More Ways to Win: Court of Appeals Decision Improves Contractors’ Chances to Recover Attorney Fees

Posted by: Hilger Hammond On: 30th March 2015 | no responses.

checkBy Suzanne Sutherland

The Court of Appeals recently has issued a contractor-favorable decision regarding recovery of attorney fees under the Michigan Construction Lien Act. Ronnisch Construction Grp, Inc. v. Lofts on the Nine, L.L.C. (July 2014). The Court of Appeals expanded the definition of a “prevailing lien claimant” in a case over a contract to build loft-style condominiums.

Lofts on the Nine hired Ronnisch Construction as the general contractor on a project in Ferndale. Lofts failed to pay Ronnisch over $600,000, so Ronnisch filed a claim of lien. Ronnisch later sued Lofts for breach of contract, foreclosure of lien, and unjust enrichment. The contract required the parties to arbitrate their dispute.

After reducing the lien amount due to counter-claims Lofts raised, the arbitrator awarded $451,000 to Ronnisch. The arbitrator left the question of whether Ronnisch was entitled to attorney fees under the Construction Lien Act for the circuit court to decide. The court denied Ronnisch’s request, stating that Ronnisch was not a “prevailing lien claimant” because the arbitrator awarded damages for breach of the contract, not foreclosure of the lien.

The Court of Appeals disagreed, suggesting that it would undermine the spirit of the Lien Act to deny Ronnisch status as a prevailing lien claimant. The Act gives a court discretion to award attorney fees to a prevailing lien claimant, even if contract claims are included. The Court of Appeals adopted a broad approach that provides a contractor the best opportunity to realize the benefits intended by the attorney fee portion of the Act. The ruling is a victory for contractors, who are now eligible for attorney fees in more circumstances, including cases where the underlying contract claim is arbitrated. If a lien is valid and the contractor prevails against the owner because of that lien, the court can make the owner pay the contractor’s attorney fees.


Contractors’ Useless Liens Trigger Victory on Unjust Enrichment Claim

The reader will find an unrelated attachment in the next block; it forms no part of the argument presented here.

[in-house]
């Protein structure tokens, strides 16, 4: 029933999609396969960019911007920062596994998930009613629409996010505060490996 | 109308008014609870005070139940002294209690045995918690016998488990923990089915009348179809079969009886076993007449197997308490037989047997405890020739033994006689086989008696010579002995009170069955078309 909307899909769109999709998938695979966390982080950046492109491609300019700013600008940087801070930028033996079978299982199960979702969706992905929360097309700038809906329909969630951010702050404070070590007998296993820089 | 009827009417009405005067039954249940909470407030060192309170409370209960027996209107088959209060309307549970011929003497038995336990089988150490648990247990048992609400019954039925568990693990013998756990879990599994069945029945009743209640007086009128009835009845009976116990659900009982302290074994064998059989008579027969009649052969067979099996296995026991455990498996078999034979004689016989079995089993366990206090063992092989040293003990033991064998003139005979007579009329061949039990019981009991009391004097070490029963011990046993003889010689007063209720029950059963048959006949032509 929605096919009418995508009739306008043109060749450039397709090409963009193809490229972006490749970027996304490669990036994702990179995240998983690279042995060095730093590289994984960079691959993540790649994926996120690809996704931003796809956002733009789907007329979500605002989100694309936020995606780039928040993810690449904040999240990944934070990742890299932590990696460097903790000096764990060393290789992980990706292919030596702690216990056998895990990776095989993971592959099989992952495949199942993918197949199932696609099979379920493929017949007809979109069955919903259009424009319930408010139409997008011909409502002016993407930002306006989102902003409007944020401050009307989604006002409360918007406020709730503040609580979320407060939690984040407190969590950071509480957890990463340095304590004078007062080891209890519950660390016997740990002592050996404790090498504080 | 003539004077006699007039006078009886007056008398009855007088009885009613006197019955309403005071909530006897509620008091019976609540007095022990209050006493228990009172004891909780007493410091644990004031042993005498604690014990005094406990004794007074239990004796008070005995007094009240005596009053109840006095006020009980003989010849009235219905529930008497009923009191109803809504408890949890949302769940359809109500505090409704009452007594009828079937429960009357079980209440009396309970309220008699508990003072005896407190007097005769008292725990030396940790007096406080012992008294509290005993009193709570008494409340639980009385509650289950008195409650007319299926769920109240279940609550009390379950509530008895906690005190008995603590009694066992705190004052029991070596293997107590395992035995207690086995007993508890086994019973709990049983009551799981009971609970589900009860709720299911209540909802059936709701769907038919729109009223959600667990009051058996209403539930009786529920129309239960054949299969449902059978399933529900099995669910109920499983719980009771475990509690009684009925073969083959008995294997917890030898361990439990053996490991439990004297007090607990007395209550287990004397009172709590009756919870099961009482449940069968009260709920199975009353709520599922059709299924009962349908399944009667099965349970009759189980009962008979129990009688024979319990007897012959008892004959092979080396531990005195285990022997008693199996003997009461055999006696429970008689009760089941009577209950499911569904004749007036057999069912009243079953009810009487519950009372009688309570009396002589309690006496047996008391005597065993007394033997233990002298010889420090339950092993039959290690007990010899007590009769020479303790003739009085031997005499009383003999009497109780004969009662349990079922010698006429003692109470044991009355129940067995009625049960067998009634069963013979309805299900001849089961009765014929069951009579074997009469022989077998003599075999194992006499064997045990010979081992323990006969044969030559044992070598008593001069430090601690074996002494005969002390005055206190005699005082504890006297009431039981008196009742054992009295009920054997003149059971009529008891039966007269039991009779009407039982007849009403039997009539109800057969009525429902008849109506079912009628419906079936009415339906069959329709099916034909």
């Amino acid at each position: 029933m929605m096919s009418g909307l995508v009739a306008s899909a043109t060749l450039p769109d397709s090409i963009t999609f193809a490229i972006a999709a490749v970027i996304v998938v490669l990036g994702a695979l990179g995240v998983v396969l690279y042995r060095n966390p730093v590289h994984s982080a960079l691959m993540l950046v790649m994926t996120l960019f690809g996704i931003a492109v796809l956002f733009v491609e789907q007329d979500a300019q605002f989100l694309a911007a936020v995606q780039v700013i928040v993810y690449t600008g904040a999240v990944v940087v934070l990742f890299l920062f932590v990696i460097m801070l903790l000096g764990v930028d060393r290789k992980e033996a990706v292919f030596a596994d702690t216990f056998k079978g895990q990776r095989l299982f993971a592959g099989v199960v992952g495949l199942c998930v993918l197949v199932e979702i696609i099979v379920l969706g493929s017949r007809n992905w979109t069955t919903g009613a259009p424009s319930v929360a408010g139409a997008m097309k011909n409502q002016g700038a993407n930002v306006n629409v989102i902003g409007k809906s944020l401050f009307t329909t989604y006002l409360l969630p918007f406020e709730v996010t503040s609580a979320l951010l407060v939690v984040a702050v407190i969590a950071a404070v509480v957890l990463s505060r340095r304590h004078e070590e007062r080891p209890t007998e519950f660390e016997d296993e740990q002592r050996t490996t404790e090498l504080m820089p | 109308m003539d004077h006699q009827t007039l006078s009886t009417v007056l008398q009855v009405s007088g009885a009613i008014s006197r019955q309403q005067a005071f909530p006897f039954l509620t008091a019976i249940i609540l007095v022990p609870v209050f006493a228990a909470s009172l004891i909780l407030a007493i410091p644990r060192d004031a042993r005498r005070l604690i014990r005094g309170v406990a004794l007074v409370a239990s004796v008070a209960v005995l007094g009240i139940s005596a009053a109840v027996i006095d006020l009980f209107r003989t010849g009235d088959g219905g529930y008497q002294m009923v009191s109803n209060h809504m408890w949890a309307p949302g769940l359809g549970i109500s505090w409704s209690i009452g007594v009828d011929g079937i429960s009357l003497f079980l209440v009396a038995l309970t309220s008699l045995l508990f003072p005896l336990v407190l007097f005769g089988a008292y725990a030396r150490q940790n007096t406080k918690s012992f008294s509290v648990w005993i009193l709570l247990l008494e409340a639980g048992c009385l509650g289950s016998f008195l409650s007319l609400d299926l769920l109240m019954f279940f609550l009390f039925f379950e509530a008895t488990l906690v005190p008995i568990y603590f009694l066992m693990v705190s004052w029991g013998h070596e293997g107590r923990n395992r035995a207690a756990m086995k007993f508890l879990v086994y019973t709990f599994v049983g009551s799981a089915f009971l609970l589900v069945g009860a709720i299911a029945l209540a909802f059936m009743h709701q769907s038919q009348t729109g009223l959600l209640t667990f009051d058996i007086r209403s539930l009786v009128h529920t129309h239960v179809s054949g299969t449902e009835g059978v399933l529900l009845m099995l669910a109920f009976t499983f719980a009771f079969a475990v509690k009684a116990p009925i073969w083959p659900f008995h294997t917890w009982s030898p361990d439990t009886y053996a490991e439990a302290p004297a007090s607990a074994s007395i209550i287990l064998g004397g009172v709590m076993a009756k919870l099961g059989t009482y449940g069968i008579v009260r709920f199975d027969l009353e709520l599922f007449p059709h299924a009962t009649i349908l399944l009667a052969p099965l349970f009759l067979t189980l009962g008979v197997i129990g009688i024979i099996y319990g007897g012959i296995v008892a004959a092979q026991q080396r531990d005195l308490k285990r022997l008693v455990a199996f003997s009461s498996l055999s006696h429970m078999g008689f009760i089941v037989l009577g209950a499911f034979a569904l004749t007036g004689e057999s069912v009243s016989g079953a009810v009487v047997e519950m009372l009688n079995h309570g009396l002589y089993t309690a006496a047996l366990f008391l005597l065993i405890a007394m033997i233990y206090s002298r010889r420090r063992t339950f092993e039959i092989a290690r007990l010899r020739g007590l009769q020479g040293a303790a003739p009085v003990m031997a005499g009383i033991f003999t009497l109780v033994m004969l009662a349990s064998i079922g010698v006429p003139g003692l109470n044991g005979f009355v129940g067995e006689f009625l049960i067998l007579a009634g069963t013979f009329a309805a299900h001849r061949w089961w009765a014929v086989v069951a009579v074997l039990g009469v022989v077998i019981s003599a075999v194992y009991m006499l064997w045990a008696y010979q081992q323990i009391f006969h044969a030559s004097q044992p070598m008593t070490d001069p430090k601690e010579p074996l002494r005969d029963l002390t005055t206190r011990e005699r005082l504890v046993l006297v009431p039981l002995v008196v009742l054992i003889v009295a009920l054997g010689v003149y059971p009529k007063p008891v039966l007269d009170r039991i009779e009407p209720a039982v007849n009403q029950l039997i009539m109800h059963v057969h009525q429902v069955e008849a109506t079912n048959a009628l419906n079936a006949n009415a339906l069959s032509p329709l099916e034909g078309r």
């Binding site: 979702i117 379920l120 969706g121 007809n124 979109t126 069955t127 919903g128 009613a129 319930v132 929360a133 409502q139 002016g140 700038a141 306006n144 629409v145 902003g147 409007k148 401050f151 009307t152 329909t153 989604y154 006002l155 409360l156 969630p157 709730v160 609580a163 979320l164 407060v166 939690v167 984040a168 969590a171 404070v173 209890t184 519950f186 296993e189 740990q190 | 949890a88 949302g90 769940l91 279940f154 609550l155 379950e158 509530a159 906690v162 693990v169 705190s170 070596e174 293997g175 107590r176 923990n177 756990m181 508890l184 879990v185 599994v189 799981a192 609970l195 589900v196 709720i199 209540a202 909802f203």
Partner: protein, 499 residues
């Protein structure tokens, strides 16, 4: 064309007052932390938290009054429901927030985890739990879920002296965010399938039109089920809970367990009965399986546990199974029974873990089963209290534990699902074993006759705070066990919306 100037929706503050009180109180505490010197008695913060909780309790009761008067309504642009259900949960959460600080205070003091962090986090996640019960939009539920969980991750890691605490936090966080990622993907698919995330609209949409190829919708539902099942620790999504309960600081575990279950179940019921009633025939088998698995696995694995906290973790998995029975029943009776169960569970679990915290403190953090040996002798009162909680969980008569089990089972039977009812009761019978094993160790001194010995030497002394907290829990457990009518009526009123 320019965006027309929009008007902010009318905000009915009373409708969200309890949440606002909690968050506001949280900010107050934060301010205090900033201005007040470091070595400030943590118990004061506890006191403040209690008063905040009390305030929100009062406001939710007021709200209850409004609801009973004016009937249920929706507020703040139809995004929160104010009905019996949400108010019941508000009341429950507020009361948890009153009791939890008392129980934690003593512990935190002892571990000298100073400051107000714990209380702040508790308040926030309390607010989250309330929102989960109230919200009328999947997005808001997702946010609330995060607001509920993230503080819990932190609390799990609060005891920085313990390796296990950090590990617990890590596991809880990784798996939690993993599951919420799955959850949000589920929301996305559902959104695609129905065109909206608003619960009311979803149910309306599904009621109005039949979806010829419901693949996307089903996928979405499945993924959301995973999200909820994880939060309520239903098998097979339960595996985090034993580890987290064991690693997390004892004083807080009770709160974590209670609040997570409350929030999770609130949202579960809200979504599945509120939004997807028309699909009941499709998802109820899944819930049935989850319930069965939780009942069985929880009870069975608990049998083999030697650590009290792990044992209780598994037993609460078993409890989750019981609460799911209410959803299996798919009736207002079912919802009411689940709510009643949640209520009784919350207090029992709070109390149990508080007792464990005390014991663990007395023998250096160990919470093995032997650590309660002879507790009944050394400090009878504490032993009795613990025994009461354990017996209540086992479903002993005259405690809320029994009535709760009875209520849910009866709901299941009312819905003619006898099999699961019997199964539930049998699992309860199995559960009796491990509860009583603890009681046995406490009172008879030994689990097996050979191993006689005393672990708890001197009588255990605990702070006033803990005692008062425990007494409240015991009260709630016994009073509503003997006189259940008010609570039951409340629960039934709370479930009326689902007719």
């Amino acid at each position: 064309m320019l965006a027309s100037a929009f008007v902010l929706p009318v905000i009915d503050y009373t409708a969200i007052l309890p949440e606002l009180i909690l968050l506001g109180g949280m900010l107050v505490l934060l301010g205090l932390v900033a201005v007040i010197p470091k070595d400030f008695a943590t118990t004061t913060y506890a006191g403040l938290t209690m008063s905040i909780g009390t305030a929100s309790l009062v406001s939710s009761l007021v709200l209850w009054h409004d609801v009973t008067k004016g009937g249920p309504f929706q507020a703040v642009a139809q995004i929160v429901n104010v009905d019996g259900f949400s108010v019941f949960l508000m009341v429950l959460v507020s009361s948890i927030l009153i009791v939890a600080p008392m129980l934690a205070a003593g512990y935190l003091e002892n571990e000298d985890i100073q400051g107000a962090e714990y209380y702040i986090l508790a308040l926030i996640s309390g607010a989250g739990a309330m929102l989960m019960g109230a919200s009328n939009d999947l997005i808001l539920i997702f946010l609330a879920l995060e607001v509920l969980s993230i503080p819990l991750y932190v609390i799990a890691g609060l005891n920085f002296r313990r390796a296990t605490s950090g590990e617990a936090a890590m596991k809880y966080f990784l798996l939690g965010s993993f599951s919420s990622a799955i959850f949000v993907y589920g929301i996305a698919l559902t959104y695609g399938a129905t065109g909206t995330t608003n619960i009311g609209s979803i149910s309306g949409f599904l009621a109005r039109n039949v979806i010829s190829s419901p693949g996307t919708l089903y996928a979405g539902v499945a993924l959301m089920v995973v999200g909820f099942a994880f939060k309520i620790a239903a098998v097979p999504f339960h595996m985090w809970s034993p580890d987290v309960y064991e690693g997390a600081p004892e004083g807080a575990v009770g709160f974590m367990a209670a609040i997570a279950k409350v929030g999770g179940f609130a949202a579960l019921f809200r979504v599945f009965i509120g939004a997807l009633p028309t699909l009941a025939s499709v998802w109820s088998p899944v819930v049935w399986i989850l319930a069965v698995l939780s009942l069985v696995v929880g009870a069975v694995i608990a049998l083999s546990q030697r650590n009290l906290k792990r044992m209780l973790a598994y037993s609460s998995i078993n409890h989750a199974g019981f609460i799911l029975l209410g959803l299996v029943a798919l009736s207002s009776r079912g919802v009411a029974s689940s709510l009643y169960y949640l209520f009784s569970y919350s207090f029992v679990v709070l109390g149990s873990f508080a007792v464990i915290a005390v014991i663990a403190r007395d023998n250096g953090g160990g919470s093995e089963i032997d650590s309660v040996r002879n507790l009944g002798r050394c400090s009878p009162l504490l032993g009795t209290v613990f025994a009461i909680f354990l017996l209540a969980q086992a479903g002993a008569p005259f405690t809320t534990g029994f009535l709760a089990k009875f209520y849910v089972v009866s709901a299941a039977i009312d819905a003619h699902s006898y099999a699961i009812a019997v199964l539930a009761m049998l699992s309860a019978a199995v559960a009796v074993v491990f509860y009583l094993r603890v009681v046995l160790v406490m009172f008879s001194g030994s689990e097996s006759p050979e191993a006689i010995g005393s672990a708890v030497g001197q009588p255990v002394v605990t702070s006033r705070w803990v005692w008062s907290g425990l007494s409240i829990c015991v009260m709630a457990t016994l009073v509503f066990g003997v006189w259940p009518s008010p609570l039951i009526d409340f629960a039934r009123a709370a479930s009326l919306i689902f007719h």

Posted by: Hilger Hammond On: 5th December 2014 | no responses.

GolfBagBy Aileen Leipprandt

In a prior blog we summarized an appellate court ruling that contractors could not enforce their construction liens against golf course property that was subject to a land contract; instead, the liens attached only to the actual improvements – sewer and golf cart paths. Those improvements could not be removed or sold, in effect rendering the liens useless. See “Liening Leased or Land Contract Property.

Fast forward three years, and things dramatically improved for these same contractors. Asphalt Specialists, Inc v Steven Anthony Development Co (August 2014). After the owner of the golf course won at the appellate court level, the matter resumed at the trial court level to address the contractors’ claims for unjust enrichment. The trial court granted the contractors a judgment against the golf course owner on the contractors’ claims for unjust enrichment and also awarded the contractors their attorney fees.

The golf course owner appealed, arguing that the Construction Lien Act provided an adequate remedy for the contractors. The appellate court disagreed, ruling that given the unique circumstances of this case – the impracticality of severing the golf course improvements from the real property – the trial court did not err by granting the contractors the equitable remedy of unjust enrichment damages. The liens were “ineffectual” because the improvements could not be separately sold to satisfy the liens.

There was no dispute that the contractors’ improvements enabled the owner to operate the golf course and earn income from the property while the contractors had no realistic opportunity of getting paid for their work. On these specific facts, the appellate court agreed that the golf course owner received a benefit from the contractors and that the owner’s retention of that benefit was unfair to the contractors.

The frosting on the cake – the court of appeals also affirmed the trial court’s award of attorney fees to the contractors.


5 Tips To Successfully Recording A Construction Lien In Michigan

Posted by: Hilger Hammond On: 12th December 2013 | no responses.

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By Ben Hammond

Thinking of recording your own construction lien?  If so, make sure you consider the following five tips that go beyond the basics you may have learned in the past.

1. Double check the legal description. More and more individuals are recording documents without professional assistance, and frequently legal descriptions are inadvertently miscopied from one document to another. The legal description will rule the day and recording a lien on another’s property without a legal right could be considered a slander on that other person’s title.  Follow these tips to keep you out of hot water: